• Accounting of the money you have invested on this site over the past 12 months. Using an embedded calculator, this feature helps you keep track of your invested capital to be sure you do not exceed your yearly limit—on this particular site at least—based on your income and net worth. (Each investor is ultimately responsible for tracking his or her total capital invested in Title III deals and complying with yearly investment limits, on one or more sites.)

FIGURE 7.1 Dashboard Lets You “Follow” Selected Offerings Sources: Used with permission from

FIGURE 7.2 Dashboard Tracks Your Commitments to Invest

Sources: Used with permission from

Application for Issuers

As an investor, you should become familiar with an equity crowdfunding site’s application process for issuers. On most sites, registered members can see the application that issuers must complete if they want to list their offerings. The application will give insight into the intermediary’s screening process.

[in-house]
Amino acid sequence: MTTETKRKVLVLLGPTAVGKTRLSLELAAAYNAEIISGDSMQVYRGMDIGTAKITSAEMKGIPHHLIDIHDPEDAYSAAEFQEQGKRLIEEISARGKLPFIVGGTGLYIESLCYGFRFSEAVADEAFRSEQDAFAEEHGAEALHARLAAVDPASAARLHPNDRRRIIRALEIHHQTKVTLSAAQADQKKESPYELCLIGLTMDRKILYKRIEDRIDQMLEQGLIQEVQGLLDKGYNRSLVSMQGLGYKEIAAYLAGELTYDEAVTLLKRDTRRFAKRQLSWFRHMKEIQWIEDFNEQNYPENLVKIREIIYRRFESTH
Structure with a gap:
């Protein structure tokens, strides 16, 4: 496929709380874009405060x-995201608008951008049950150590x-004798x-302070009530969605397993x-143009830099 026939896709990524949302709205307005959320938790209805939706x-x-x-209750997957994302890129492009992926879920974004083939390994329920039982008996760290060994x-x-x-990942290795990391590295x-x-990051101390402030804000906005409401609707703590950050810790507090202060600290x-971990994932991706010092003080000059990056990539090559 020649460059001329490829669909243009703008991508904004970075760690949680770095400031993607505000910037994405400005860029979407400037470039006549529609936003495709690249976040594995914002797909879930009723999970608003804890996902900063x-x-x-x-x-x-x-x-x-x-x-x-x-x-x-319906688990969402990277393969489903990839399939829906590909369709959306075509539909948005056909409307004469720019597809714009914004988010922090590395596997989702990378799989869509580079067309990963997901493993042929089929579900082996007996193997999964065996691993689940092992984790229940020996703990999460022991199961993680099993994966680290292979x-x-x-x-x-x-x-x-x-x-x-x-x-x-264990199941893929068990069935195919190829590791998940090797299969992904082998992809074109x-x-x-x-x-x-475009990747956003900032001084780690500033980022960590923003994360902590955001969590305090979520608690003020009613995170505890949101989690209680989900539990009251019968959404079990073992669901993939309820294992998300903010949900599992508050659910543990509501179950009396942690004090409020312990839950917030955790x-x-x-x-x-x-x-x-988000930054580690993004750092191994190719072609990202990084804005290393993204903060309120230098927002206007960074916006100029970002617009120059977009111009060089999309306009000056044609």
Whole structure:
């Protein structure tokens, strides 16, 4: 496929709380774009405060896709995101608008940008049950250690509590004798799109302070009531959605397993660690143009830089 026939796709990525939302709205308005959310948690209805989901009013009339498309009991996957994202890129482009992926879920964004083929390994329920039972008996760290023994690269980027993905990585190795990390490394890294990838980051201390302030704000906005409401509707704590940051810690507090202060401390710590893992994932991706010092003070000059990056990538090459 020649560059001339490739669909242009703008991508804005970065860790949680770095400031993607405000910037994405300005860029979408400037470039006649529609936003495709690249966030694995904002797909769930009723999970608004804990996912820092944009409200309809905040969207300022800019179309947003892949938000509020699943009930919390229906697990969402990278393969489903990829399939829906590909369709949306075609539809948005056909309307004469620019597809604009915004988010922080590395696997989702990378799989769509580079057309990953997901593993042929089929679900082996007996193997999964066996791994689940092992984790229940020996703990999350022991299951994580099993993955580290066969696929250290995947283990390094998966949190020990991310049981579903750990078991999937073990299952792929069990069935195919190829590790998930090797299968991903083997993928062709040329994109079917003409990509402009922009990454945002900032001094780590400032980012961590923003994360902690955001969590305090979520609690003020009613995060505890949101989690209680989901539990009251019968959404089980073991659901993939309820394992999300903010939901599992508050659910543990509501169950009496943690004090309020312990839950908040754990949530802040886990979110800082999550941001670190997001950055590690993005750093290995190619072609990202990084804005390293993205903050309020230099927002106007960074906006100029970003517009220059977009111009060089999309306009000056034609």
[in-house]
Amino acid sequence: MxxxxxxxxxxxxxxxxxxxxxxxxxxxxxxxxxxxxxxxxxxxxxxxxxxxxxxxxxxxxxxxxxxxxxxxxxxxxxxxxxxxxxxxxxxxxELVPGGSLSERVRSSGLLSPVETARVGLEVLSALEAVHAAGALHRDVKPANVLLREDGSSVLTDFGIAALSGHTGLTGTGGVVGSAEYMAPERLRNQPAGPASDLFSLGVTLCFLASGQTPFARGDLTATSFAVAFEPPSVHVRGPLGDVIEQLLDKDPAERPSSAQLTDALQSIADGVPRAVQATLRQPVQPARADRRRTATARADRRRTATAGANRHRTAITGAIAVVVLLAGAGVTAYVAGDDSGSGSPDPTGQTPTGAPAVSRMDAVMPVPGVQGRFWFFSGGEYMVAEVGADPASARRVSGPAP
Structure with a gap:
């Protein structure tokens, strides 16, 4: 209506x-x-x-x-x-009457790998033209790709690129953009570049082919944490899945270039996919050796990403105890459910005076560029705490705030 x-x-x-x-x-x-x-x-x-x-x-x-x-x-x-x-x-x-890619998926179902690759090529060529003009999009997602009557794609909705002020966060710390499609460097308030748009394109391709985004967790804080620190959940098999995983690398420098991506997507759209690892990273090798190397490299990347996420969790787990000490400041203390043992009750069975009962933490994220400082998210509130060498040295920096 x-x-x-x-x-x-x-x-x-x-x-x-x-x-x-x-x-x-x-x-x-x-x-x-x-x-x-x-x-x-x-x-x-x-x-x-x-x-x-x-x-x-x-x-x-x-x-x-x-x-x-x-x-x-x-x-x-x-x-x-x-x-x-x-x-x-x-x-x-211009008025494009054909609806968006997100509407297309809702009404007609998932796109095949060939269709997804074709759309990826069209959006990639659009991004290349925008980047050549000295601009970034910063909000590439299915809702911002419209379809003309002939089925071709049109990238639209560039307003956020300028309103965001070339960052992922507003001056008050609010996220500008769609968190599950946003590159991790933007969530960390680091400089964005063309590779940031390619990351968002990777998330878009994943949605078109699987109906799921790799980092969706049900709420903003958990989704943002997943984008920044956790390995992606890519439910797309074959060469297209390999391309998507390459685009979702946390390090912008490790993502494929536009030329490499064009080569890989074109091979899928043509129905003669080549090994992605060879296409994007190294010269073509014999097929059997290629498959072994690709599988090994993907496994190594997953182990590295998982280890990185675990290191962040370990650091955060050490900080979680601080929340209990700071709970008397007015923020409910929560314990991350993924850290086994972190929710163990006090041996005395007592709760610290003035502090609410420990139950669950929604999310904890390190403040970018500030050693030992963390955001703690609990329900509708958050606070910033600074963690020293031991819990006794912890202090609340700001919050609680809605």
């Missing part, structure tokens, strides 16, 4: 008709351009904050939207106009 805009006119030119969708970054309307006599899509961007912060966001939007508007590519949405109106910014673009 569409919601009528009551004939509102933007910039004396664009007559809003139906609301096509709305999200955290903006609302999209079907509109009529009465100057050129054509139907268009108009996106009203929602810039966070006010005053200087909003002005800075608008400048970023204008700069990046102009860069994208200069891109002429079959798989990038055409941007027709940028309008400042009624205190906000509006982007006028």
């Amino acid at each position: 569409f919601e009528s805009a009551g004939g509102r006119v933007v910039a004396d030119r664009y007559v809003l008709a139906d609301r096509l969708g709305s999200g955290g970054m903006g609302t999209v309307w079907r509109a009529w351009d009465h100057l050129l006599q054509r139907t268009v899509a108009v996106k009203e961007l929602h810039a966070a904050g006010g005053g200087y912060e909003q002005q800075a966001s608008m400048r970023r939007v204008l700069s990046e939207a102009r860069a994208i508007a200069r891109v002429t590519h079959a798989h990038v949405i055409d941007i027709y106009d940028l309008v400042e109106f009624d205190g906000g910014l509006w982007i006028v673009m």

Before an issuer’s application is accepted, an equity crowdfunding site must conduct background checks on the issuer’s team: officers, directors, 20 percent equity holders, and “participants” in the offering. If any one of these team members is a “bad actor,” the offering is disqualified. The issuer may reapply after removing any bad actors from the team.

In the case of EarlyShares, background checks are farmed out to CrowdCheck, the due diligence service. On behalf of EarlyShares, CrowdCheck also reviews the applicant’s records to confirm that its board of directors authorized the offering of shares, its articles of incorporation (or operating agreement in the case of an LLC) are on file with the state, its capitalization table is accurate, it is not involved in disruptive litigation, its intellectual property is registered as claimed, and other key compliance issues. The issuer pays CrowdCheck’s fee directly for this service.

In later sections we will describe more features of an equity crowd-funding site, including: (1) Q&A and discussion forums, where you can communicate with the offering teams and collaborate with other investors on due diligence, and (2) transaction processes.

This information is also available on the company’s Form C, published on EDGAR, the SEC’s searchable database of company filings: /search Edgar/companysearch.html.

In Figures 7.1 and 7.2, the issuers’ names and offering details are fictional. Neither author has any personal, professional, or financial interest in or commitments to Early Shares.